“I was feeling like I was going to be stuck,” she said. “And that all of my personal effort, but also all of my mother's effort in trying to provide for me, was going to be wasted."
Carrillo had come out of the closet once already, telling her loved ones she was queer. Along with other LGBTQ+ immigrant advocates, she realized there was a similar power in having the courage to come out as undocumented.
“The sit-in at Sen. McCain's office was a more extreme version of that, of really scaling it up a notch,” she said. “But it started from coming out of the shadows and it was very much steeped in queer history and of coming out and sharing our stories.”
When DACA was created, Carrillo applied, but she got rejected. The program has strict requirements to prove you’ve been in the U.S. continuously since 2007. And not everyone can come up with all the school records, utility bills and other paperwork to document their presence for every single month.
Carrillo did eventually get permanent residence, as the result of a terrible circumstance: She was a survivor of domestic violence. Her lawyer told her about one of the only avenues for undocumented people to become legal immigrants: Under a 2000 law, crime victims are eligible for a U visa, and later a green card, if they cooperate with the police. She can apply for citizenship next year.
Others are not so fortunate. The Dream Act was first introduced in Congress in 2001, but despite strong support from voters of both parties in public opinion polls, it has never been enacted. A version of the bill passed the House of Representatives last year — and could benefit 2.3 million "Dreamers." But it’s stuck in the U.S. Senate.
California Democratic Senator Alex Padilla has been trying to break the logjam, with bipartisan talks.
“What frustrates me the most is a lot of my Republican colleagues will tell me in private that they're supportive of Dreamers but don't seem to be willing to say so or act accordingly publicly when it comes to being able to support legislation,” Padilla told KQED. “So the fact that we’ve resumed negotiations is encouraging, and I'm going to keep pressing for it until we get it done.”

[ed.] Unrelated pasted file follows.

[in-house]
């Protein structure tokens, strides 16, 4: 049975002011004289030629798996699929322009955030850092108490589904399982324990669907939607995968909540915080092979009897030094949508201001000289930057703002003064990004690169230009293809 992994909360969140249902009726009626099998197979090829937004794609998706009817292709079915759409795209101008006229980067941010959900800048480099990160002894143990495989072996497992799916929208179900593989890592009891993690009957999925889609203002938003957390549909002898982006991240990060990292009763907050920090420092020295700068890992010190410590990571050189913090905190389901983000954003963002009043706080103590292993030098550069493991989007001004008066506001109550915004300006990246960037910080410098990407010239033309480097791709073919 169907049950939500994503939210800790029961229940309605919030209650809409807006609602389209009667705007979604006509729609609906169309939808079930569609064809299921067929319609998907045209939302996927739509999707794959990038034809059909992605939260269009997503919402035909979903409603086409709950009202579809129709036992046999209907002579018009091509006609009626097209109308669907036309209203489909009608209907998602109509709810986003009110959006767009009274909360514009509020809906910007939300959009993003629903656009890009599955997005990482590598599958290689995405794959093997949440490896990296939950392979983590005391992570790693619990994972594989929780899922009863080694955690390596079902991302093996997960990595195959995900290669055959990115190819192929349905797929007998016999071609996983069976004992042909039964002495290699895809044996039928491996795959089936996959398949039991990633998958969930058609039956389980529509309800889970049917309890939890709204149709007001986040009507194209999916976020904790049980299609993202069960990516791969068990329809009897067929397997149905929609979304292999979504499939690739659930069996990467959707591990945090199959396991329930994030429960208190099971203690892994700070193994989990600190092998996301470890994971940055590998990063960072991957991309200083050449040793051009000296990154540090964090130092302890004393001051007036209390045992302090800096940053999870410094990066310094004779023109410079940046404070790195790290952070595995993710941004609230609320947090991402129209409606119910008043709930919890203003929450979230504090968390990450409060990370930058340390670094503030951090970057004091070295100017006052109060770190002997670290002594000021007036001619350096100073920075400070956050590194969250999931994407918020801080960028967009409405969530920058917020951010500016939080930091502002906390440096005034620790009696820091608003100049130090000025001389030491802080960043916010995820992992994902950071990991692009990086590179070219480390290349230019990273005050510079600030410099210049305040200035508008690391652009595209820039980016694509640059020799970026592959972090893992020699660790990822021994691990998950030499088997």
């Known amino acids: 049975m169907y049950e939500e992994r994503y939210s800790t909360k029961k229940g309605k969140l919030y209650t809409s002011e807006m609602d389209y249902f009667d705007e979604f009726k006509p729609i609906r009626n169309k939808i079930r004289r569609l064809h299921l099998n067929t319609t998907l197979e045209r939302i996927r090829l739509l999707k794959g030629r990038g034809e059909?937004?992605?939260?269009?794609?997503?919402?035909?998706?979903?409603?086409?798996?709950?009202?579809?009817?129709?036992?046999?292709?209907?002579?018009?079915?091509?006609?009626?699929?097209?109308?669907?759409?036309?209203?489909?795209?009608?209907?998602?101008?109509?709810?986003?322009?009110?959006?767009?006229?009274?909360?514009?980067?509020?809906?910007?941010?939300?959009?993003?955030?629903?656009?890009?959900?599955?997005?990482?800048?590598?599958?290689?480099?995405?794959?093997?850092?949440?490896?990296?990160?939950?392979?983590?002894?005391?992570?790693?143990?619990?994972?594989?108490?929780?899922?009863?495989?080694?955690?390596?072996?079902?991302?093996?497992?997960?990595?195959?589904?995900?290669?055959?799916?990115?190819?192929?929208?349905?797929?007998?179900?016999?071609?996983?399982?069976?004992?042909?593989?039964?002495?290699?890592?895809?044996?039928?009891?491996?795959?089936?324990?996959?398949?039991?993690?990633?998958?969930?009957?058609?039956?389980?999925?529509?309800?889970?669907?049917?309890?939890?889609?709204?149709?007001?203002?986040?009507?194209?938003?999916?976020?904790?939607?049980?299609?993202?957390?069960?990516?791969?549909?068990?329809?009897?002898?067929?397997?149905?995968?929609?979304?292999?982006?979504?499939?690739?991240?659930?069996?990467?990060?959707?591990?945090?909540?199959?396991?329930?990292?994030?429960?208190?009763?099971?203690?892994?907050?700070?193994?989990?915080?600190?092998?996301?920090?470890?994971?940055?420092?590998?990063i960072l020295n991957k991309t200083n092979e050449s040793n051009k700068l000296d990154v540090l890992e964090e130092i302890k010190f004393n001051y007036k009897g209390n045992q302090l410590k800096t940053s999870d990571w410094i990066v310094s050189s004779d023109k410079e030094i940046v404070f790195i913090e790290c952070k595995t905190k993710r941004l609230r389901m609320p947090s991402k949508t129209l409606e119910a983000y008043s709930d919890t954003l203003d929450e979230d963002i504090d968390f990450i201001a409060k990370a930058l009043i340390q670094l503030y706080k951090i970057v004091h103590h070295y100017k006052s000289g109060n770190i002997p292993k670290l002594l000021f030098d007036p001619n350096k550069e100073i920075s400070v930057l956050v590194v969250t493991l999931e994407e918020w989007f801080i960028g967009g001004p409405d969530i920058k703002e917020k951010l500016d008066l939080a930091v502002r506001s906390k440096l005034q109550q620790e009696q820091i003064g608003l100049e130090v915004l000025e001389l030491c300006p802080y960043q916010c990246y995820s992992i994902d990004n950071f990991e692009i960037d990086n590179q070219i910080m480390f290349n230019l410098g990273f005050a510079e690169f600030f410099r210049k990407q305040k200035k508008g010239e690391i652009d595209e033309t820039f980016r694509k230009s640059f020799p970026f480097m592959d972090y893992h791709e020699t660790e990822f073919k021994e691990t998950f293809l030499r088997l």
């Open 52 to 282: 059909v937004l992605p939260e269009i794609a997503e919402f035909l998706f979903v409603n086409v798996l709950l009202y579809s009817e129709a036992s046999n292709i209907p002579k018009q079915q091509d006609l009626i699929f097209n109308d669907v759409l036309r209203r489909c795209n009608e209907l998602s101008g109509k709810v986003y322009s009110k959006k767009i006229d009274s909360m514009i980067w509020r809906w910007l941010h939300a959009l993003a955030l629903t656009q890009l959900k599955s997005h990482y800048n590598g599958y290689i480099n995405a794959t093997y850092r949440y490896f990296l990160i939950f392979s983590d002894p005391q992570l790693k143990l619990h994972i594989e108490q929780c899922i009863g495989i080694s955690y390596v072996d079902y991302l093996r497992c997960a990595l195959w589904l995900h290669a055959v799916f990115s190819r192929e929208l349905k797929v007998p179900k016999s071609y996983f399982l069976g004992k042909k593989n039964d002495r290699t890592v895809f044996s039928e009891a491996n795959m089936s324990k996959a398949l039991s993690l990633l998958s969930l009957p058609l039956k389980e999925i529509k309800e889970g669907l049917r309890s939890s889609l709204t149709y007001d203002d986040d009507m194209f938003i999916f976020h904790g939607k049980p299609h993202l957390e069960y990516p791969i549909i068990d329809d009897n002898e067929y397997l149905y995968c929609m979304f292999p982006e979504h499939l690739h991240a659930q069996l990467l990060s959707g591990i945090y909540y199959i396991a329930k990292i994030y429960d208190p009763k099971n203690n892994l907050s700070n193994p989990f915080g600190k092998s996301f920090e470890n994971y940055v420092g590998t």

It’s unclear, though, that he can win over the 10 or more Republicans he would need for the bill to pass.
A pivotal moment with DACA's future at stake
Meanwhile, DACA has survived in the courts, but barely. In 2017 President Trump declared an end to the program. Legal challenges went all the way up to the U.S. Supreme Court, and in 2020 the justices ruled that Trump’s termination had violated proper procedure, so DACA could stand.
University of Pennsylvania sociologist Roberto Gonzales has followed the life paths of hundreds of undocumented young people in Los Angeles. He says this is a pivotal moment.
“The question becomes, do we make good on the promise of DACA that has really catapulted young adults in this country into better lives? Or do we leave them without answers to their future?” asked Gonzales. “It's a critical question right now. And I think it will really define this contemporary moment.”
Gonzales called DACA “probably the most successful policy of immigrant integration in the last several decades.” And, he said, it’s not just "Dreamers" like Hong who will lose out if the program is wiped away. It’s a loss for the whole country to forfeit their talents and the contributions they make to the economy and their communities.
“Immigration has always been a contentious issue,” he said. “And that issue has been framed around this question of who belongs in the ‘we’ of our nation.”
Jennifer is a 20-year-old high school graduate in Oakland. She came from El Salvador with her grandmother when she was 5. We’re not using her last name because she’s undocumented.
“I didn't qualify for it because I came here 12 days too late,” she said. “It made me feel really sad, very disappointed, because I really had high hopes for it, thinking that it was going to work out.”
Jennifer says she wants to go to college and study for a job in the health professions, a plan that was inspired by an aunt who became a doctor. For now, she’s getting by working in a fast food restaurant, under the table.